You are entitled to request a debriefing from the procuring official after the completion of every approach to market, even if you were successful. Receiving feedback on any tender response can help businesses compete more effectively in future processes. Many Australian Government organisations will offer debriefing sessions to unsuccessful tenderers as a matter of course. If not automatically offered, Australian Government organisations must provide debriefings on request.

The primary purpose of a debriefing is to enable potential suppliers to understand why their response was not successful, including both strengths and weaknesses, and help development of more competitive bids in the future. Please note that aspects of another business’s response or offer cannot be discussed with you. The purpose of a debriefing session is not to justify the selection of the successful tender, rather it is to give you feedback on your response.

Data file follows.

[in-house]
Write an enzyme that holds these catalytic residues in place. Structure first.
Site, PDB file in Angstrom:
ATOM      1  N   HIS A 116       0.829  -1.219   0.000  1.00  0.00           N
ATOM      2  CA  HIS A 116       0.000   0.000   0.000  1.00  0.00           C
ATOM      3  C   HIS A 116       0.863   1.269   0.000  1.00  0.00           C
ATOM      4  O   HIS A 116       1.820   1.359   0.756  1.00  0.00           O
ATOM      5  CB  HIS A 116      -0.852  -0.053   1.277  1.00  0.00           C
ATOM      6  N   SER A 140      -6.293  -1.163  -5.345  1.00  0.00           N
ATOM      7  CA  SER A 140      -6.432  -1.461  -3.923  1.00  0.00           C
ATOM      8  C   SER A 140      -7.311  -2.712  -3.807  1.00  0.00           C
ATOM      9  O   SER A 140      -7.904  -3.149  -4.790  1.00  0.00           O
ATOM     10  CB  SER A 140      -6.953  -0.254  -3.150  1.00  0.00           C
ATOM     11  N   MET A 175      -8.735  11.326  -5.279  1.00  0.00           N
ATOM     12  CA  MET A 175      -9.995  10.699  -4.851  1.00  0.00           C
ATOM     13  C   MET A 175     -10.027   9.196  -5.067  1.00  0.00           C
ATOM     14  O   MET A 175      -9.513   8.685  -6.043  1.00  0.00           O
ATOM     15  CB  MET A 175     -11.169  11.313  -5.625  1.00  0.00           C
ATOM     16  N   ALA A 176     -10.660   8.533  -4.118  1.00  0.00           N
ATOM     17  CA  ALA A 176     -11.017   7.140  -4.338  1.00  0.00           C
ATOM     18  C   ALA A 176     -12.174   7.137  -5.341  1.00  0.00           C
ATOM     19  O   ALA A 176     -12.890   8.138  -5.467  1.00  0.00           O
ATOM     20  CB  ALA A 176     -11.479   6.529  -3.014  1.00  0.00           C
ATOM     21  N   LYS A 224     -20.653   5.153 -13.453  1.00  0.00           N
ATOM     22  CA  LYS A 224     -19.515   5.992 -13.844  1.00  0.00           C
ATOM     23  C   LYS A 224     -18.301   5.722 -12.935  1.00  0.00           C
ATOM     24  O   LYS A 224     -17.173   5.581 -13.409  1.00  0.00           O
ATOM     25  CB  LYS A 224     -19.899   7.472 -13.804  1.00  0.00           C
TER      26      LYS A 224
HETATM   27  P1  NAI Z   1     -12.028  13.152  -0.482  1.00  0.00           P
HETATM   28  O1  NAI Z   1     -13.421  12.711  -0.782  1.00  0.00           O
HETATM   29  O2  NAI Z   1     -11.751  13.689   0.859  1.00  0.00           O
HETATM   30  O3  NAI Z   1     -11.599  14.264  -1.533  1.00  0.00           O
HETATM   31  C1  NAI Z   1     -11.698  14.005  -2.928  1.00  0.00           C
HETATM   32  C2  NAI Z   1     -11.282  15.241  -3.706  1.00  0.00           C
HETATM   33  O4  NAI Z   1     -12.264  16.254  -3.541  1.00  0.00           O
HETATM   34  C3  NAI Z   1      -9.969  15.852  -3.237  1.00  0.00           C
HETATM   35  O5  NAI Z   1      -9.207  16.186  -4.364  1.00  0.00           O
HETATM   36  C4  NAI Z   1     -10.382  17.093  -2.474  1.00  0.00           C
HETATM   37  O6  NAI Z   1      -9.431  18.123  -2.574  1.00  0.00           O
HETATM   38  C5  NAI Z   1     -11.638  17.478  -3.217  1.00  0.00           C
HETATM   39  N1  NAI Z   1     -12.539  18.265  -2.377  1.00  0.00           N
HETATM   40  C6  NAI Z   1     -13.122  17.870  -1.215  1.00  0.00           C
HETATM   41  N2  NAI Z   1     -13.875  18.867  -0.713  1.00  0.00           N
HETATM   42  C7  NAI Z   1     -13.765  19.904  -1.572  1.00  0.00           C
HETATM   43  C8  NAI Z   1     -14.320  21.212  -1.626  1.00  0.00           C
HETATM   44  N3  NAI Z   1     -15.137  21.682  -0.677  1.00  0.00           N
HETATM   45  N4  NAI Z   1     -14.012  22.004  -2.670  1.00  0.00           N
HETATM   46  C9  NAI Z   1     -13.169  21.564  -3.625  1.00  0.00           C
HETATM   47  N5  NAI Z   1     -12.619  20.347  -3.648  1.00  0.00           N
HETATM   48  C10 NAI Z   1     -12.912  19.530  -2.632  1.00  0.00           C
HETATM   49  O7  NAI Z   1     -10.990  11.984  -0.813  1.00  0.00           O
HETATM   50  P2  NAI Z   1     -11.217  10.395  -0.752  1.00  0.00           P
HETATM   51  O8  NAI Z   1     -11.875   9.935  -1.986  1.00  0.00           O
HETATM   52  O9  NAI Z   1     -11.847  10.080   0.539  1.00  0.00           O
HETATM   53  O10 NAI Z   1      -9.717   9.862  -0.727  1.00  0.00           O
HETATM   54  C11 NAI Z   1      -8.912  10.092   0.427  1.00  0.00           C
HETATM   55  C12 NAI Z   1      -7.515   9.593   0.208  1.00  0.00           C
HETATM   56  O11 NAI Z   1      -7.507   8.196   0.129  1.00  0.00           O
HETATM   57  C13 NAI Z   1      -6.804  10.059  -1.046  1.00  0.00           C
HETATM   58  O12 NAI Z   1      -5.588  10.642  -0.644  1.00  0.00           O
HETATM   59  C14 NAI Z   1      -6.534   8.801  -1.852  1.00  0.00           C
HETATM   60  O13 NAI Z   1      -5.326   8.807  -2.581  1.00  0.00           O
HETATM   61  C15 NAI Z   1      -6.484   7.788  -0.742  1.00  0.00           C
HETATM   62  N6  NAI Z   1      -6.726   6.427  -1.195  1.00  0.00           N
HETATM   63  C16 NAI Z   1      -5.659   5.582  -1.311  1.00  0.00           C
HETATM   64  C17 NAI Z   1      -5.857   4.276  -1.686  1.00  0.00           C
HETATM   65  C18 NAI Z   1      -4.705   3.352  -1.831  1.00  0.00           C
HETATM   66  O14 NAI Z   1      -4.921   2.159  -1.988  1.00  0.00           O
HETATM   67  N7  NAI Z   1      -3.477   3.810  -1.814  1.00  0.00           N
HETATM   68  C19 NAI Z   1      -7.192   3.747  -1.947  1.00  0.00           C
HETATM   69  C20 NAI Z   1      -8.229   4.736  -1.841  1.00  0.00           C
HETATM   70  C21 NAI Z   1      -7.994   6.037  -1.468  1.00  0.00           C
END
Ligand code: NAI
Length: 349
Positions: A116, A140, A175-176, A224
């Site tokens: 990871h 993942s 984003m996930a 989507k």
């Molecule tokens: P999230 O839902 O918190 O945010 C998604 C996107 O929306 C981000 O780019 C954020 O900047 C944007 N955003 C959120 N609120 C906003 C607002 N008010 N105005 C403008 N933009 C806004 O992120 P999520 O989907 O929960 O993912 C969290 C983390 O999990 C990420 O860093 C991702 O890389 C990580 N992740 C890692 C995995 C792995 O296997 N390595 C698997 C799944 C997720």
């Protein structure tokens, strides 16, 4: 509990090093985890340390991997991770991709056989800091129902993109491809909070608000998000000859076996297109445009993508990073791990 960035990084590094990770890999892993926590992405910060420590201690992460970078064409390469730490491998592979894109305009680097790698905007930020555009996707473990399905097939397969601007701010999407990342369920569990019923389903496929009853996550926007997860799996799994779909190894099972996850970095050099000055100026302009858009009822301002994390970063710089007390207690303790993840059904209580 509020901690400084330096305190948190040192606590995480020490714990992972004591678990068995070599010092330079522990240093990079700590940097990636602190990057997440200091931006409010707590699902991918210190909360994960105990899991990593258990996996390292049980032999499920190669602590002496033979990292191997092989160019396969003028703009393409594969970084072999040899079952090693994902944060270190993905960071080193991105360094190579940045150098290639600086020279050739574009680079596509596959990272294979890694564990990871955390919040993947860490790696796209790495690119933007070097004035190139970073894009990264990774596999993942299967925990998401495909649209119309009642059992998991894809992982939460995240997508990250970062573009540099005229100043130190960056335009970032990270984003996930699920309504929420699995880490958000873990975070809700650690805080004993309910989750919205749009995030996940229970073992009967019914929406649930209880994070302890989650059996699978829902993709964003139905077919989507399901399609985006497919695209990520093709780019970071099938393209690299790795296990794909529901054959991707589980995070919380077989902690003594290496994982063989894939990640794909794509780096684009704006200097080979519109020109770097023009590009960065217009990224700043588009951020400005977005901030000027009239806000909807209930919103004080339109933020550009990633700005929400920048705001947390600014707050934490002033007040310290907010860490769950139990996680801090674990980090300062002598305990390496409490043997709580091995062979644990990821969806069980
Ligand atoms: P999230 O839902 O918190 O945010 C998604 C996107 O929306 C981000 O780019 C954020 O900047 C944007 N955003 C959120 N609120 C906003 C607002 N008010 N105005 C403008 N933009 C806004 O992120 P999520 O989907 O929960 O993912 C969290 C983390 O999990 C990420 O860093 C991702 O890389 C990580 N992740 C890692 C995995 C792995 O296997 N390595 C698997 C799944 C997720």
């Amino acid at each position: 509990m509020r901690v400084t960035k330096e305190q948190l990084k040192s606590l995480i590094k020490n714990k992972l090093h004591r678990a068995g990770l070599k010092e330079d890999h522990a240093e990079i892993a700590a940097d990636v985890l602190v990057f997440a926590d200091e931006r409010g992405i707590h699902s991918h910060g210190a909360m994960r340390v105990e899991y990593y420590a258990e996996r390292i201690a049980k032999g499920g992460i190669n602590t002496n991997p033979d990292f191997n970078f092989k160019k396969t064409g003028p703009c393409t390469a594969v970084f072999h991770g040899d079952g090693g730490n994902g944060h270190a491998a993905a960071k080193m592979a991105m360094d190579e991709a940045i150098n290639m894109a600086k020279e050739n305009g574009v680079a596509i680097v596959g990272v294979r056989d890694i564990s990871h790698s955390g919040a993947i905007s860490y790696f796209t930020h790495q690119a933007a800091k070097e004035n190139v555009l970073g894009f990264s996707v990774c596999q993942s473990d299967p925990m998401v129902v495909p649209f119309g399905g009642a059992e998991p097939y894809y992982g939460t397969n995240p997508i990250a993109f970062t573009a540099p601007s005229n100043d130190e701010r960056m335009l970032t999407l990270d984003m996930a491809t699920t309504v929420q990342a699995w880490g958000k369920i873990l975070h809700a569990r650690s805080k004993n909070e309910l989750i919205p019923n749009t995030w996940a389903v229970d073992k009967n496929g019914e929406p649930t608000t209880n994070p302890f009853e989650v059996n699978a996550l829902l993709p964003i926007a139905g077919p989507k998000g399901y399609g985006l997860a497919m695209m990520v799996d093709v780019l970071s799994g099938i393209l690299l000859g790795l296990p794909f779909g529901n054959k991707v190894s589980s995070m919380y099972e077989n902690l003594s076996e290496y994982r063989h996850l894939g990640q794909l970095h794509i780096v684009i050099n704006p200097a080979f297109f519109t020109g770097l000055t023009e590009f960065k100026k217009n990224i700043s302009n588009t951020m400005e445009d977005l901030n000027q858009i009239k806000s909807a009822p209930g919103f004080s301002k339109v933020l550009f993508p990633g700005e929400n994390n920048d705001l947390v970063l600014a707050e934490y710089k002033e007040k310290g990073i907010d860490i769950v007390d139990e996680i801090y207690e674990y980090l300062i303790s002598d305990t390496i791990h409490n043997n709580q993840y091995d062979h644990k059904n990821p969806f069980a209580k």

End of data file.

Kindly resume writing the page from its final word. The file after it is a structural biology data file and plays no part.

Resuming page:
The debriefing may be conducted by phone, email, or face to face according to what is convenient for you and / or the policies of the Australian Government organisation running the approach to market.

What is usually covered in a debriefing?

A debriefing is designed to be an open conversation between the potential supplier and the Australian Government organisation. Issues that may be discussed at debriefings include:

  • comparison of your offer to the evaluation criteria (not in comparison to other offers received)
  • the strengths of your offer
  • the weaknesses of your offer
  • the suitability and attractiveness of your experience, qualifications, referee reports or past performance